Inventory management strategy is a set of processes and systems of ordering, storing, using, and selling a company’s inventory. This includes managing of raw materials, components, and finished products, as well as storing and processing of such items.
There are many different inventory management strategies, but some of the most common include:
Just-in-time (JIT) inventory management: This strategy involves ordering products only when needed, which can minimize inventory costs such as storage and processing costs. However, it can also lead to stockouts if demand is not accurately forecast.
Economic order quantity (EOQ): EOQ calculates the optimal order quantity for a product based on the product’s cost, demand, and carrying costs. It can help businesses minimize inventory costs while still meeting demand.
Materials requirements planning (MRP): This strategy uses previous demand data to forecast future demand and then calculates the inventory needed to meet that demand.
Push strategy: A push strategy means when retailers order inventory, and then try to sell the products they have in stock as soon as possible through aggressive advertising or marketing campaigns — in other words, they ‘push’ their existing stock toward consumers. This technique requires detailed customer demand forecasting, as businesses estimate how many units of a specific product they might require for the future. Push strategy involves ordering and shipping products only once within the required timeframe hence reducing manufacturing costs of the items.
Pull strategy: Business owners keep stock levels at a minimum to minimize costs and prevent storing more products than they might need in a pull strategy. A pull strategy determines the lowest possible inventory count one can keep in their warehouse rather than forecasting and hastily placing orders. Using this data, businesses can restock their shelves considering the items customers have already ordered and/or received. Following this trajectory can help companies reduce the risk of overstocking products they cannot sell, and cut warehousing costs since there would be less items to store. However, for a pull approach to work, business owners should analyze and replenish inventory fairly often if they want to avoid stockouts and delayed shipments that can harm their relationship with customers.
Conventional manufacturing strategy: In a conventional manufacturing strategy the assembly line is always on. This inventory management strategy can help keep machinery and team members from sitting idle for long periods. This strategy has its drawbacks, for instance if a department is inactive, it may be overwhelmed by an influx of incoming goods from the previous department. Thus, some businesses consider only producing a specific number of products each period, then holding on to their reserve for an unexpected surge or shortage.
Business owners can further refer to the following tips for creating an effective inventory management strategy:
Choosing the right warehouse location
You must choose the right locations for inventory warehousing. For instance, businesses who have a warehouse situated near their suppliers can be more responsive in meeting the clients’ demands.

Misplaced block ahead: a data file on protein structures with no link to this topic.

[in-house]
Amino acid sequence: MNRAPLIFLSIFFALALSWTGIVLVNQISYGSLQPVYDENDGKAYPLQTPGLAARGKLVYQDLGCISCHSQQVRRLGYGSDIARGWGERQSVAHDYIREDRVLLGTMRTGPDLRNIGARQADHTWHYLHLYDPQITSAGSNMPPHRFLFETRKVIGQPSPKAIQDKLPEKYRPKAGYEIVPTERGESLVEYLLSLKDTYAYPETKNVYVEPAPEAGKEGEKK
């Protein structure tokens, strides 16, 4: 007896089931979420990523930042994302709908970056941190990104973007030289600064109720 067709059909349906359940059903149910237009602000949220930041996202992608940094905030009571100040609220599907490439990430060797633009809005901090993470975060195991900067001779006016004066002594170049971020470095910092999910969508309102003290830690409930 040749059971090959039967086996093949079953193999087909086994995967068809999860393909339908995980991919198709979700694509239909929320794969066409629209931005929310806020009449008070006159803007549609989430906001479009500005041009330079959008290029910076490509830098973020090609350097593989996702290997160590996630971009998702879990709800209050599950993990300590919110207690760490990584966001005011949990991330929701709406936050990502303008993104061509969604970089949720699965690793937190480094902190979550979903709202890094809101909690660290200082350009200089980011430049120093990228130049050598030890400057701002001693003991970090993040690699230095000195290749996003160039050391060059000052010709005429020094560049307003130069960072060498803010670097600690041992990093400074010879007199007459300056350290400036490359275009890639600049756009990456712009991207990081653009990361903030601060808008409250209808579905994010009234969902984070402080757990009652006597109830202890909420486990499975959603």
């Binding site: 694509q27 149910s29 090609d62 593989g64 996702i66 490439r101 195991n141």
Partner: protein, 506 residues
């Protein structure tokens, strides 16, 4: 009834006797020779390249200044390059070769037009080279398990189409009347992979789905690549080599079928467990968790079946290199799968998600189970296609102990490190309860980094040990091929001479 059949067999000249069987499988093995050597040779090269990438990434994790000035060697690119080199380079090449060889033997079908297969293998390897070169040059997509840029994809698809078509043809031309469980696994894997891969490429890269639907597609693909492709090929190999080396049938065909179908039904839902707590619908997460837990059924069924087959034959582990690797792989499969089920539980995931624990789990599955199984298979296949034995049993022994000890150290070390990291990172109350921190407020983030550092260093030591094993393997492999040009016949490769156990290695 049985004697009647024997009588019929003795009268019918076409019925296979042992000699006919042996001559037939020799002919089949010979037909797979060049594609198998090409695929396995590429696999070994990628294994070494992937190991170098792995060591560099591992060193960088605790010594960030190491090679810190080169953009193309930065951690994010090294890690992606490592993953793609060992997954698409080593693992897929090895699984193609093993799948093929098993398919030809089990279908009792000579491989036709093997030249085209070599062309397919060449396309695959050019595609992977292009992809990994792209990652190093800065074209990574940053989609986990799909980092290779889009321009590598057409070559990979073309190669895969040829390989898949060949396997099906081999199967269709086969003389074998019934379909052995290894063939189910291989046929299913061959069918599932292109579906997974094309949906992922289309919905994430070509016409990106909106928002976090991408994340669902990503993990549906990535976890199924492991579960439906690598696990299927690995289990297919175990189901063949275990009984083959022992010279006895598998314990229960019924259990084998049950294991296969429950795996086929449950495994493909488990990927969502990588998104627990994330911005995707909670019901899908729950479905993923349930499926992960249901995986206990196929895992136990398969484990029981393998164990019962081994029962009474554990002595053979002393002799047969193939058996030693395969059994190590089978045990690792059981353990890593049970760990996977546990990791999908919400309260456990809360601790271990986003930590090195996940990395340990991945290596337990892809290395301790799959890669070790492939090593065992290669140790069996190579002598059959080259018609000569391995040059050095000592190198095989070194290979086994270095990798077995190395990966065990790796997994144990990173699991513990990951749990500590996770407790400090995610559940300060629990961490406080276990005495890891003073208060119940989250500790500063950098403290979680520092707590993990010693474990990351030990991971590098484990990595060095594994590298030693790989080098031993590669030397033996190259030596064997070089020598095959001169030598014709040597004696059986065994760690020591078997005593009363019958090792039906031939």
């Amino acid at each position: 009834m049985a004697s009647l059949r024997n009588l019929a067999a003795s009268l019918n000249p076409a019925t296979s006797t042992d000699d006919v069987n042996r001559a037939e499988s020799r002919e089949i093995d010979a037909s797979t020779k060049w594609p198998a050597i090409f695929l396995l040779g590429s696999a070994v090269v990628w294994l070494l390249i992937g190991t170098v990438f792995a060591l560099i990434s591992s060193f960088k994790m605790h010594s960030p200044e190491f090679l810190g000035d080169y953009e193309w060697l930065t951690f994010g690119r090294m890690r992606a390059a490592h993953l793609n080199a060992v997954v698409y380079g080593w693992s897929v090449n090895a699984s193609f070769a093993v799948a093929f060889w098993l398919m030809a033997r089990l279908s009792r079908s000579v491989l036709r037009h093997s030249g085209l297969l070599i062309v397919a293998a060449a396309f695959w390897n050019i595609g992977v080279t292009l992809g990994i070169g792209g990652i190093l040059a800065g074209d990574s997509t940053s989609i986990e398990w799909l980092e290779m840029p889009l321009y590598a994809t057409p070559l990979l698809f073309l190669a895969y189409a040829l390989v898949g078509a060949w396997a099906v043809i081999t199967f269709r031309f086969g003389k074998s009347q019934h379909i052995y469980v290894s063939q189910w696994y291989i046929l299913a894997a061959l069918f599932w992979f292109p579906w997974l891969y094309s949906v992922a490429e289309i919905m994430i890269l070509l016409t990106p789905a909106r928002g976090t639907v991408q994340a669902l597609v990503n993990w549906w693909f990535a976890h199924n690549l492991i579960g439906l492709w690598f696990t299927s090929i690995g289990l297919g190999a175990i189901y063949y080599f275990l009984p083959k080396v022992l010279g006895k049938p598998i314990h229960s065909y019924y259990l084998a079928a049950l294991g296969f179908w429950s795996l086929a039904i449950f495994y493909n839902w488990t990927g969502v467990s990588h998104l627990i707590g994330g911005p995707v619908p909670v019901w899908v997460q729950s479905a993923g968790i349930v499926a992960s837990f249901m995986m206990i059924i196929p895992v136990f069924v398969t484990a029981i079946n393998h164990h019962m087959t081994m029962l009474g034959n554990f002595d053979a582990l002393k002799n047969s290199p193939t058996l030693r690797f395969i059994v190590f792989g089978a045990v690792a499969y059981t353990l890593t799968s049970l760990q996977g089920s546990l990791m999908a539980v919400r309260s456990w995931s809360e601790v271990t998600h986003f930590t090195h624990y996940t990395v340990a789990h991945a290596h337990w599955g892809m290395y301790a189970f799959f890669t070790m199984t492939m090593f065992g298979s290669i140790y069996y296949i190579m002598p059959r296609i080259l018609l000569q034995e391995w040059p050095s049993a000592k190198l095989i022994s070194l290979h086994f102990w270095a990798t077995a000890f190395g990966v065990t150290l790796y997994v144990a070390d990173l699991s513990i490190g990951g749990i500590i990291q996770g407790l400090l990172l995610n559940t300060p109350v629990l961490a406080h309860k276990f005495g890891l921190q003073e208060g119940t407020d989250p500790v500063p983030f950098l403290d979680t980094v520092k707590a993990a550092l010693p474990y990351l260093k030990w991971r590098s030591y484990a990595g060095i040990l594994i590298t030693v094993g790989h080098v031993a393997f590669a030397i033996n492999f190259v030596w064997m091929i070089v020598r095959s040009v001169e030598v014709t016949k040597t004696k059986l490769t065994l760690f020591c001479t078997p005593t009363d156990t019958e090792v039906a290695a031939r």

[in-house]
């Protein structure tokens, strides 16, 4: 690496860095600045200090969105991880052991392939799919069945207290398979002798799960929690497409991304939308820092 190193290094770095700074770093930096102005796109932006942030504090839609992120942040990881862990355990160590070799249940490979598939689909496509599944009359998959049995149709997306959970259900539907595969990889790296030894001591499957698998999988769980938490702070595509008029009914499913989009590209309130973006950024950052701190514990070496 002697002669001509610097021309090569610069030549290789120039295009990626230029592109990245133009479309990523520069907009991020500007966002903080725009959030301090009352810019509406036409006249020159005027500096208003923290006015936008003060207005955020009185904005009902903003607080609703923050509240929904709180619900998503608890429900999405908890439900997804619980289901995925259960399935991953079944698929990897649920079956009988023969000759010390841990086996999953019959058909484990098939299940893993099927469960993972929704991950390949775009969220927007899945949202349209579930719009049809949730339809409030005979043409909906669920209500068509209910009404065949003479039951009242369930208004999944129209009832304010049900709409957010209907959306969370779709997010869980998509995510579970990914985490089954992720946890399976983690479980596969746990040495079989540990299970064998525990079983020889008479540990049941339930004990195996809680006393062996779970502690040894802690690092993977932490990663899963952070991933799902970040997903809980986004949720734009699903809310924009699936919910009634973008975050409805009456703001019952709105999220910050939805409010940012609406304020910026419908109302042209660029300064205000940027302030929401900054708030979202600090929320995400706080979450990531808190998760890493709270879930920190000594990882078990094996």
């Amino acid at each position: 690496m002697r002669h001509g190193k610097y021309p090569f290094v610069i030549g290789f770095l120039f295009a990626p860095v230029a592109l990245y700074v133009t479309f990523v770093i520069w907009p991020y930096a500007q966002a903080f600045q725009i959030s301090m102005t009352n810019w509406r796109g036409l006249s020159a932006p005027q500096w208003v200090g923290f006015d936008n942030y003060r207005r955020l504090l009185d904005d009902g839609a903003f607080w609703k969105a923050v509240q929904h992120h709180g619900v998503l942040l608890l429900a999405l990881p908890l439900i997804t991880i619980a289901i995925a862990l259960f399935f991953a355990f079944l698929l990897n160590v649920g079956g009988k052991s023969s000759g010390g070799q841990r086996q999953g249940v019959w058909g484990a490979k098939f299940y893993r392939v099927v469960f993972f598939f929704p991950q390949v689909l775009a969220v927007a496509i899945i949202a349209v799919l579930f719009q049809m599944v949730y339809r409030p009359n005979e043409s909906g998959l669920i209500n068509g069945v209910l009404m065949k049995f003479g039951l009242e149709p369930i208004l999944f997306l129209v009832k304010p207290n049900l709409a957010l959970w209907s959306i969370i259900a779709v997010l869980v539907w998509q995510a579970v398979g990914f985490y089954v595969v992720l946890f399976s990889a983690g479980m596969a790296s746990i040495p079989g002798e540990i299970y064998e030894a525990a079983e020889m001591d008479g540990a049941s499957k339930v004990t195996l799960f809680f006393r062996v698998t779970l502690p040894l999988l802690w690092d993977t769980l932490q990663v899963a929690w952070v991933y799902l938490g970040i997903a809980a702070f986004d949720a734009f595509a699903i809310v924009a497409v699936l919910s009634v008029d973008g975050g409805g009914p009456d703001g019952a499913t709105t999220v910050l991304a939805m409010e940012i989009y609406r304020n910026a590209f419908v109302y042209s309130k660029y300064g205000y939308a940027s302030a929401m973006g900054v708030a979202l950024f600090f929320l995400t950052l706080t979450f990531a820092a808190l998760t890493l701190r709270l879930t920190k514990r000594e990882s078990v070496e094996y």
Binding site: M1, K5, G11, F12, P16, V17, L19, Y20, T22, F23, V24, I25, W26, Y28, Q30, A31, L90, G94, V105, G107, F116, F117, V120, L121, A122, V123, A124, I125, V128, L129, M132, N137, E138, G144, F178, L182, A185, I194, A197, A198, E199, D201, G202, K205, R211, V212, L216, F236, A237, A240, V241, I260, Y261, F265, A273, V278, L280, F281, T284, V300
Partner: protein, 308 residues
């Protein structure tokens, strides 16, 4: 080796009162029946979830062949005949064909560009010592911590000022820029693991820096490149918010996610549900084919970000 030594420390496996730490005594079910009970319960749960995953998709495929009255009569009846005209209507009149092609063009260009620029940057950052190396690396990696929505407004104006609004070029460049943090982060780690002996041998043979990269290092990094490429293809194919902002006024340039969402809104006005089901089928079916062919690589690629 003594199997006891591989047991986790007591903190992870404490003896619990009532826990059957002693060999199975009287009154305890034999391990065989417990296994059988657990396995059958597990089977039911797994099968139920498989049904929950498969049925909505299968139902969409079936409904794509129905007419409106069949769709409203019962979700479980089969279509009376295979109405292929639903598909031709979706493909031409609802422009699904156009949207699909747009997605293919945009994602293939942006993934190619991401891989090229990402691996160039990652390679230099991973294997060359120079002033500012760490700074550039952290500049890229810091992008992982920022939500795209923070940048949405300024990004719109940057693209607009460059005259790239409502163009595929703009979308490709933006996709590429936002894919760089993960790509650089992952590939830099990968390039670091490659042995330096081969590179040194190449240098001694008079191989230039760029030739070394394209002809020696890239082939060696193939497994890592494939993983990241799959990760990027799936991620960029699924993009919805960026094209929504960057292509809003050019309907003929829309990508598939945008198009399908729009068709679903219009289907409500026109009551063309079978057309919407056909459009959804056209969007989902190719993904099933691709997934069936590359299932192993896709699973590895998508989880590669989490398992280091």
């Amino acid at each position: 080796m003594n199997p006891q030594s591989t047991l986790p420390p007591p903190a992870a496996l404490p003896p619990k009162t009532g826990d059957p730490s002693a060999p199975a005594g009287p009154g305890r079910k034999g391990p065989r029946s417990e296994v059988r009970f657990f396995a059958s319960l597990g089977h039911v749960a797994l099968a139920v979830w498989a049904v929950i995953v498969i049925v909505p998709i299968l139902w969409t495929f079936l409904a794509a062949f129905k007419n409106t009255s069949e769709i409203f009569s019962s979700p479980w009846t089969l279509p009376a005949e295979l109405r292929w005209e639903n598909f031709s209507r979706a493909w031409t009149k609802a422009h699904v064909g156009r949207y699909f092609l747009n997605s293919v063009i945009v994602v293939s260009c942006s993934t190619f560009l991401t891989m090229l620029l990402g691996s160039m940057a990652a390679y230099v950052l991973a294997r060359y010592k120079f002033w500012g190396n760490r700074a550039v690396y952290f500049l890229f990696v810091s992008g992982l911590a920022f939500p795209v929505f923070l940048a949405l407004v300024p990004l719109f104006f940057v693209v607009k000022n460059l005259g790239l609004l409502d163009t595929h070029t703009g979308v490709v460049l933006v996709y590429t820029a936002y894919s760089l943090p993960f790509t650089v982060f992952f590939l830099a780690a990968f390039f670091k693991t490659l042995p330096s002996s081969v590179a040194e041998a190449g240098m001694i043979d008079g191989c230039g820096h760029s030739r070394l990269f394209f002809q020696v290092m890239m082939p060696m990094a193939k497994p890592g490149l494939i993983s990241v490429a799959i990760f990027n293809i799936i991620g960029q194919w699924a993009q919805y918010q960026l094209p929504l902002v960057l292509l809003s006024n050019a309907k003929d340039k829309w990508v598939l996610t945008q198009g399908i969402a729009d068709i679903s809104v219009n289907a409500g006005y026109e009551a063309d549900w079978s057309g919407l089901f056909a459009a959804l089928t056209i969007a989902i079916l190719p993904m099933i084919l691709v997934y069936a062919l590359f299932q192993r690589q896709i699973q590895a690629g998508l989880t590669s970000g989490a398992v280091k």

Use data and analytics
Collect and analyze data on your inventory levels, demand, and costs to make informed decisions about your inventory strategy.
Automate your inventory management system
You can track inventory levels, forecast demand, and place orders more efficiently with an automated system
Consider Outsourcing/Offshore services
Considering an outsourcing firm to manage inventory can help business owners focus on key areas such as business development and B2C and B2B relations.
Use a safety stock
A safety stock is a buffer of inventory you keep in case of unexpected demand or delays in production or shipping.
Stay in touch with suppliers
Try to update your inventory needs so that you do not end up buying extra products that you may not need. Work with suppliers to ensure you have the right amount of inventory.
Demand and Supply Planning
Demand and supply planning requires a cross-functional approach, which involves the departments of sales, production, supply chain, and logistics. Business owners should keep a record of this process to ensure that everything is on track. Excel can be used to manage this process, or it may be overseen using specialized software. The business’ Enterprise Resource Planning (ERP) system can also be used to implement the Demand and Supply planning process.
Business owners should plan for a stock obsolescence strategy since significant holding costs are associated with inventory management. Thus, having a process that can identify obsolete stock and a policy that deals with it in a timely manner can help business owners minimize costs on extra products.
Inventory Management and Tracking
Businesses owners can consider implementing an inventory tracking feature within their ERP systems that keeps a record of their products, their location and their codes or opt for an inventory management application that already offers all these features.
Business owners should set agreements with their suppliers once they have settled their purchase schedules in accordance with their demand planning. This can save businesses from running out of raw material and packaging material inventory.
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